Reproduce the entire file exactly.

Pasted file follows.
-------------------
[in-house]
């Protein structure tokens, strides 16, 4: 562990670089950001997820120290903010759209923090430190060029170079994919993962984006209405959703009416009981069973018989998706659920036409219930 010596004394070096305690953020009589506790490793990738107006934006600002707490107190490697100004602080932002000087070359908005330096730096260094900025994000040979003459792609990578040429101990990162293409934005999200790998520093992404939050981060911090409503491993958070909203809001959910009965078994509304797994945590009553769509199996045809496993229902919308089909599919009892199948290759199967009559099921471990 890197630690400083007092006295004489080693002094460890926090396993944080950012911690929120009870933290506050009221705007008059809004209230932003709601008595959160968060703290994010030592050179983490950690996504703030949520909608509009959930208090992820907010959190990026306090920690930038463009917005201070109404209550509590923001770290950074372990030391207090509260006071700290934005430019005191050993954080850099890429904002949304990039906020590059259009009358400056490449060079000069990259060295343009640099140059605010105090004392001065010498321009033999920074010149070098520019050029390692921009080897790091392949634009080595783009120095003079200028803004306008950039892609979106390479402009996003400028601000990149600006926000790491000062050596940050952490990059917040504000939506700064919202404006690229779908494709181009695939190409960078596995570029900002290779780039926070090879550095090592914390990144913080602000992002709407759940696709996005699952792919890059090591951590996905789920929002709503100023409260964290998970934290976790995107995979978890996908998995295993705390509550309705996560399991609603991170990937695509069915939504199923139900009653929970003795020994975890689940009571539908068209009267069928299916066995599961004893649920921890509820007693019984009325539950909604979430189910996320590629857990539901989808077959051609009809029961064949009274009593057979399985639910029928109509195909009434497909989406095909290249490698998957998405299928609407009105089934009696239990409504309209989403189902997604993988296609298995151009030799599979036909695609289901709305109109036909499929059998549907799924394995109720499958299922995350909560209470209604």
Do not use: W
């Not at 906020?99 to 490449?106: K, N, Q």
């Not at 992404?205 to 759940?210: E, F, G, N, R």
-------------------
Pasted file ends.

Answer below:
[in-house]
């Protein structure tokens, strides 16, 4: 562990670089950001997820120290903010759209923090430190060029170079994919993962984006209405959703009416009981069973018989998706659920036409219930 010596004394070096305690953020009589506790490793990738107006934006600002707490107190490697100004602080932002000087070359908005330096730096260094900025994000040979003459792609990578040429101990990162293409934005999200790998520093992404939050981060911090409503491993958070909203809001959910009965078994509304797994945590009553769509199996045809496993229902919308089909599919009892199948290759199967009559099921471990 890197630690400083007092006295004489080693002094460890926090396993944080950012911690929120009870933290506050009221705007008059809004209230932003709601008595959160968060703290994010030592050179983490950690996504703030949520909608509009959930208090992820907010959190990026306090920690930038463009917005201070109404209550509590923001770290950074372990030391207090509260006071700290934005430019005191050993954080850099890429904002949304990039906020590059259009009358400056490449060079000069990259060295343009640099140059605010105090004392001065010498321009033999920074010149070098520019050029390692921009080897790091392949634009080595783009120095003079200028803004306008950039892609979106390479402009996003400028601000990149600006926000790491000062050596940050952490990059917040504000939506700064919202404006690229779908494709181009695939190409960078596995570029900002290779780039926070090879550095090592914390990144913080602000992002709407759940696709996005699952792919890059090591951590996905789920929002709503100023409260964290998970934290976790995107995979978890996908998995295993705390509550309705996560399991609603991170990937695509069915939504199923139900009653929970003795020994975890689940009571539908068209009267069928299916066995599961004893649920921890509820007693019984009325539950909604979430189910996320590629857990539901989808077959051609009809029961064949009274009593057979399985639910029928109509195909009434497909989406095909290249490698998957998405299928609407009105089934009696239990409504309209989403189902997604993988296609298995151009030799599979036909695609289901709305109109036909499929059998549907799924394995109720499958299922995350909560209470209604």
Do not use: W
């Not at 906020?99 to 490449?106: K, N, Q």
């Not at 992404?205 to 759940?210: E, F, G, N, R």